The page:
Did Camels Exist in the Time of Genesis?

The debate has surfaced – again – this time in the pages of the NY Times Science section. Without totally tipping my hat, it is fair to say that this article is less that journalistic, and more like a description on one set of scientists and their theories. That is fine as long as it is introduced this way.This latest article however is riddled with opinion. Most notably: There is substantial other proof that camels DID exist in that time. One dig makes a theory which needs to be tested again. Since they base this on one dig, how scientific can this really be? The word gamal in the Torah might refer to something else. With that said –

Here is some great rebuttals:

There is actually strong evidence that camels were domesticated by the time of the Patriarchs.

1. A 3.5 foot cord of camel hair from Egypt, dated around 2500 BC, shows that Camels were in use and domesticated enough to be groomed.

2. A bronze figurine from the temple of Byblos in Lebanon, which is dated to before the sixth Egyptian dynasty (before 2182 BC), depicts a camel. While the figure could be taken as a sheep, the figure is arranged with items that would strongly require it to be a camel (a camel saddle, camel muzzle, etc.)

3. Two pots of Egyptian provenance found in Greece and Crete, both dating 1800-1400 BC, have camels represented, and one literally has humans riding on a camel back.

4. A text from Alalakh in Syria (c. eighteenth century BC) contains a rations-list. There is a entry for ‘camel fodder’ written in that document in Old Babylonian. This shows that camels were domesticated at that time.

5. Soviet archaeologists found camel-headed wagons that date back to the first half of the third millennium B.C. This showed that two-humped camels were used in Turkmenistan for drawing wagons at that time.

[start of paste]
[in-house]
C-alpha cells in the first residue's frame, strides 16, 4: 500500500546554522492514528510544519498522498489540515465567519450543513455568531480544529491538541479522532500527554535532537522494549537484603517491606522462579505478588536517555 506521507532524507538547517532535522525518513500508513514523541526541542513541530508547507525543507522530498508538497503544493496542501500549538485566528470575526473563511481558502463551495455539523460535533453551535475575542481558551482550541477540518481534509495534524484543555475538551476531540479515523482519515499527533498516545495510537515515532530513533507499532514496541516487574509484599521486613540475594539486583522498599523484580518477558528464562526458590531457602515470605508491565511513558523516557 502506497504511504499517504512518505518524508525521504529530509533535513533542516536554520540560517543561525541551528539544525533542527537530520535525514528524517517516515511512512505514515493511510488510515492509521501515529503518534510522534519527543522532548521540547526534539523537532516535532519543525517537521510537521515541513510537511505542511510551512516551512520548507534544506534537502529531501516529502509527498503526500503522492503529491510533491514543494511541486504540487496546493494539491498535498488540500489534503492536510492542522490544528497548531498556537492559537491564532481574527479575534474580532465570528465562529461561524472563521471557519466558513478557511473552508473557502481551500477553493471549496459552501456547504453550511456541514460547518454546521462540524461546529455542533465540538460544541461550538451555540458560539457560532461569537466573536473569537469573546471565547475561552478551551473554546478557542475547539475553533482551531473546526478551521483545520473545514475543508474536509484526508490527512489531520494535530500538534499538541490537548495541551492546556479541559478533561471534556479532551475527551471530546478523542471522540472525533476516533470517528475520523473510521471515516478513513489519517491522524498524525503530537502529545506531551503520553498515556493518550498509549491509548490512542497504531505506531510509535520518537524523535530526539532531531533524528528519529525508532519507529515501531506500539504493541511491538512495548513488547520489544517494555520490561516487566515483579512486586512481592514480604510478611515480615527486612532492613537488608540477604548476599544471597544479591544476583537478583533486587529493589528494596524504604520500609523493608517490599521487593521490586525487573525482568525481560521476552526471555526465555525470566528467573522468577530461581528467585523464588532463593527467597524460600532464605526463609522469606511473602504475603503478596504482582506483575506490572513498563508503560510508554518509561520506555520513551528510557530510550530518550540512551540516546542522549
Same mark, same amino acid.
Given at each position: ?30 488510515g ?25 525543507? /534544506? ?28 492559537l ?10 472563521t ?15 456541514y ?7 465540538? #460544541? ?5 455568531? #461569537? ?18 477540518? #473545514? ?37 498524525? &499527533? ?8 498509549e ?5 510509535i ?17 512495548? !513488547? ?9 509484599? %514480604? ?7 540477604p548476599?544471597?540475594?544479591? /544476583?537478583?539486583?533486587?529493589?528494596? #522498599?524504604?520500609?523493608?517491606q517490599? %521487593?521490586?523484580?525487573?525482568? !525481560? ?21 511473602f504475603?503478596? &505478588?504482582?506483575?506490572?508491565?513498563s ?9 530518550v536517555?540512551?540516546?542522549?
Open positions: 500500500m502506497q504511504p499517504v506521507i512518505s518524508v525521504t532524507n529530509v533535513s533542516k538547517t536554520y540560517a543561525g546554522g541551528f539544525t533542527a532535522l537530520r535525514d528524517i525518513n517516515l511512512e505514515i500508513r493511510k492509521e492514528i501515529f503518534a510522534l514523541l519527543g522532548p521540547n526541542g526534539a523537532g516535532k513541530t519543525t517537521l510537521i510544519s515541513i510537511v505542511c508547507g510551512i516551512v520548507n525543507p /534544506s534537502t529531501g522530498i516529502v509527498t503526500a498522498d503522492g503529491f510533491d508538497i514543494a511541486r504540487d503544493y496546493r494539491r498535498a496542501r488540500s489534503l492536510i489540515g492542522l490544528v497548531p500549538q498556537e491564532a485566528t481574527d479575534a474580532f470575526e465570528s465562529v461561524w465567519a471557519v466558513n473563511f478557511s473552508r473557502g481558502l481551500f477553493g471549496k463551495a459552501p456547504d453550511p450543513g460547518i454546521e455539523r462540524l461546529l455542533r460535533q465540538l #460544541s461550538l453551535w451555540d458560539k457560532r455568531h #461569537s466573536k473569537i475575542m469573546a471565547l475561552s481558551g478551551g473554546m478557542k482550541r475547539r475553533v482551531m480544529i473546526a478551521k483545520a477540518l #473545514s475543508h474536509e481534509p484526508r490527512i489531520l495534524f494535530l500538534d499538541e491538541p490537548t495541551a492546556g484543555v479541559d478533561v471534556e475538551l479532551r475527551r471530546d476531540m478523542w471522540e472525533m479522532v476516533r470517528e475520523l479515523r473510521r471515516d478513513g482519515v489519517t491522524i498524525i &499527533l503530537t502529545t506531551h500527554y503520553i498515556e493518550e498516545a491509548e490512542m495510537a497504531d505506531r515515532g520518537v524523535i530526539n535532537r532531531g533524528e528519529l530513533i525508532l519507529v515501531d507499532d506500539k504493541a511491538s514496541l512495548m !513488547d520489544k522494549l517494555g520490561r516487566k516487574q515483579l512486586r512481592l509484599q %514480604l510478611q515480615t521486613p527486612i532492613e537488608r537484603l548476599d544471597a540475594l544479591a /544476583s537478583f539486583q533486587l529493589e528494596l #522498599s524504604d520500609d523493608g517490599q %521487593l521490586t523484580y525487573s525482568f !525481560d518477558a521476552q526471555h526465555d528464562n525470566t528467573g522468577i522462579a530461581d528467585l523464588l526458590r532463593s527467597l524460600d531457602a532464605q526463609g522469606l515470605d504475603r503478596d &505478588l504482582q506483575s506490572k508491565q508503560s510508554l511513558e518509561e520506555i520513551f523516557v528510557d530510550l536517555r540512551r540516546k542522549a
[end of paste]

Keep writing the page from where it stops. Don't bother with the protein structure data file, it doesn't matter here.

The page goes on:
6. A bronze figurine of a man on a crouching camel, found at Nineveh, in Mesopotamia, shows that camels had been domesticated by the middle of the second millennium BC,

So, the evidence that camels were domesticated at the time that the Patriarchs lived is very strong. The absence of camel bones in two digs does not controvert this evidence.

The flaw in the research here lies in its apparent assumption that the Hebrew word used in Genesis for the animal under discussion, “Gamal,” was always meant to refer to the animal we call a camel. But traditional Jewish Rabbinic sources have always admitted to their own confusion about the correct translation of the animals referred to in the bible, particularly in Leviticus 11. The contemporary translations of many of those animals is entirely unclear. The fact that Ben Yehuda, in constructing modern Hebrew, decided to call a shafan a “rabbit” does not necessarily mean that the shafan in Leviticus 11 is actually a rabbit. Likewise, the gamal referred to in Genesis is as likely today’s “camel” as it is a horse or some animal we are unaware of today. Basing archaeological conclusions on the vagaries of modern Hebrew usage discounts the often arbitrary nature that went (and goes) into the construction of modern Hebrew. In this particular case, Ben Yehuda may have thought the “G” of gamal and “C” of camel somehow made it an easy match, and I can relate to that temptation on his part, but it was probably either a guess or, at best, a tenuous connection. Any Rabbinic scholar who was showed this article or the research would say, “So what? Whoever said a gamal is a camel? Let it be a horse.” Translation is always inherently flawed and necessarily inaccurate.

And another:

There are serious holes in the biology here.

A) why in the world would you take data from ONE site as the absolute limit of domestication??

B) “Some bones in deeper sediments, they said, probably belonged to wild camels that people hunted for their meat. Dr. Sapir-Hen could identify a domesticated animal by s

igns in leg bones that it had carried heavy loads.” Ah. So, there WERE older camel bones there. But they didn’t carry “heavy loads”. Golly – do you suppose it’s possible to keep semi-wild camels for a few thousand years- and only use them for meat, milk, and wool- and riding? (Answer; not only possible- but likely; YOU try inventing a camel pack saddle from scratch.)

And we’ll leave aside the “pinpoint” with radio-carbon dating- ask anyone who uses radio-carbon dating about that idea.